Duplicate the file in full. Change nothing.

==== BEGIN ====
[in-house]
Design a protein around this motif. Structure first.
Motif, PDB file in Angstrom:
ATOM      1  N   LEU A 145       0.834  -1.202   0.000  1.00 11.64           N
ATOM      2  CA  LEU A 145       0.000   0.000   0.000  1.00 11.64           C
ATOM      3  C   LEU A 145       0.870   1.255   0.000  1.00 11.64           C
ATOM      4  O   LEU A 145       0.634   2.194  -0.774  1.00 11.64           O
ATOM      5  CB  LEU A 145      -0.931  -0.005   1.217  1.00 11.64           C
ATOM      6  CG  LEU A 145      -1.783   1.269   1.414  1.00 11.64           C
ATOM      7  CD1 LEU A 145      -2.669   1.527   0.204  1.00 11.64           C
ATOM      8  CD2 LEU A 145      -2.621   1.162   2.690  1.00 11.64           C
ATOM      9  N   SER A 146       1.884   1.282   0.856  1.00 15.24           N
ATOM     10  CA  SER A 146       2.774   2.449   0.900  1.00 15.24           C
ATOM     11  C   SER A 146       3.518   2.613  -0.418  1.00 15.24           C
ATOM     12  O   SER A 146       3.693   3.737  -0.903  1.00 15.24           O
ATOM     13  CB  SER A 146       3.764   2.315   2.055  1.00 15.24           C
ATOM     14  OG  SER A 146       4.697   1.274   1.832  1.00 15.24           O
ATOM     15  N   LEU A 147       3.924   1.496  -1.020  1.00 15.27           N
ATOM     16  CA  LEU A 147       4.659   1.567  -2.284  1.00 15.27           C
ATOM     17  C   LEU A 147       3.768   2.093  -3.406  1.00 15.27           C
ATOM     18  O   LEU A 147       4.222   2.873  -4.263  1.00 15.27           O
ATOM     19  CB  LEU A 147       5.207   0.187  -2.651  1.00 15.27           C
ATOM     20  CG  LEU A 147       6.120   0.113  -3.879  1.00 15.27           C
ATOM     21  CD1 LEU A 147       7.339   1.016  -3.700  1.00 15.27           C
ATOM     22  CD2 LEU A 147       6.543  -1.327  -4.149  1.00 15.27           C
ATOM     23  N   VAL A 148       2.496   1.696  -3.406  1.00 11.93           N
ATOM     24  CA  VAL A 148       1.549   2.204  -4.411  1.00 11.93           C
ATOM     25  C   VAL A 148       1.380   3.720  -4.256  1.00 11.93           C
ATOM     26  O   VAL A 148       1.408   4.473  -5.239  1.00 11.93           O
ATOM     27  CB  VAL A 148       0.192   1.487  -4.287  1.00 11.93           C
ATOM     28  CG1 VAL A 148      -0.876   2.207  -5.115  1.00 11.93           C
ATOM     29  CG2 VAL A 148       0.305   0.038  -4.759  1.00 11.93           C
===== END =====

[in-house]
Design a protein around this motif. Structure first.
Motif, PDB file in Angstrom:
ATOM      1  N   LEU A 145       0.834  -1.202   0.000  1.00 11.64           N
ATOM      2  CA  LEU A 145       0.000   0.000   0.000  1.00 11.64           C
ATOM      3  C   LEU A 145       0.870   1.255   0.000  1.00 11.64           C
ATOM      4  O   LEU A 145       0.634   2.194  -0.774  1.00 11.64           O
ATOM      5  CB  LEU A 145      -0.931  -0.005   1.217  1.00 11.64           C
ATOM      6  CG  LEU A 145      -1.783   1.269   1.414  1.00 11.64           C
ATOM      7  CD1 LEU A 145      -2.669   1.527   0.204  1.00 11.64           C
ATOM      8  CD2 LEU A 145      -2.621   1.162   2.690  1.00 11.64           C
ATOM      9  N   SER A 146       1.884   1.282   0.856  1.00 15.24           N
ATOM     10  CA  SER A 146       2.774   2.449   0.900  1.00 15.24           C
ATOM     11  C   SER A 146       3.518   2.613  -0.418  1.00 15.24           C
ATOM     12  O   SER A 146       3.693   3.737  -0.903  1.00 15.24           O
ATOM     13  CB  SER A 146       3.764   2.315   2.055  1.00 15.24           C
ATOM     14  OG  SER A 146       4.697   1.274   1.832  1.00 15.24           O
ATOM     15  N   LEU A 147       3.924   1.496  -1.020  1.00 15.27           N
ATOM     16  CA  LEU A 147       4.659   1.567  -2.284  1.00 15.27           C
ATOM     17  C   LEU A 147       3.768   2.093  -3.406  1.00 15.27           C
ATOM     18  O   LEU A 147       4.222   2.873  -4.263  1.00 15.27           O
ATOM     19  CB  LEU A 147       5.207   0.187  -2.651  1.00 15.27           C
ATOM     20  CG  LEU A 147       6.120   0.113  -3.879  1.00 15.27           C
ATOM     21  CD1 LEU A 147       7.339   1.016  -3.700  1.00 15.27           C
ATOM     22  CD2 LEU A 147       6.543  -1.327  -4.149  1.00 15.27           C
ATOM     23  N   VAL A 148       2.496   1.696  -3.406  1.00 11.93           N
ATOM     24  CA  VAL A 148       1.549   2.204  -4.411  1.00 11.93           C
ATOM     25  C   VAL A 148       1.380   3.720  -4.256  1.00 11.93           C
ATOM     26  O   VAL A 148       1.408   4.473  -5.239  1.00 11.93           O
ATOM     27  CB  VAL A 148       0.192   1.487  -4.287  1.00 11.93           C
ATOM     28  CG1 VAL A 148      -0.876   2.207  -5.115  1.00 11.93           C
ATOM     29  CG2 VAL A 148       0.305   0.038  -4.759  1.00 11.93           C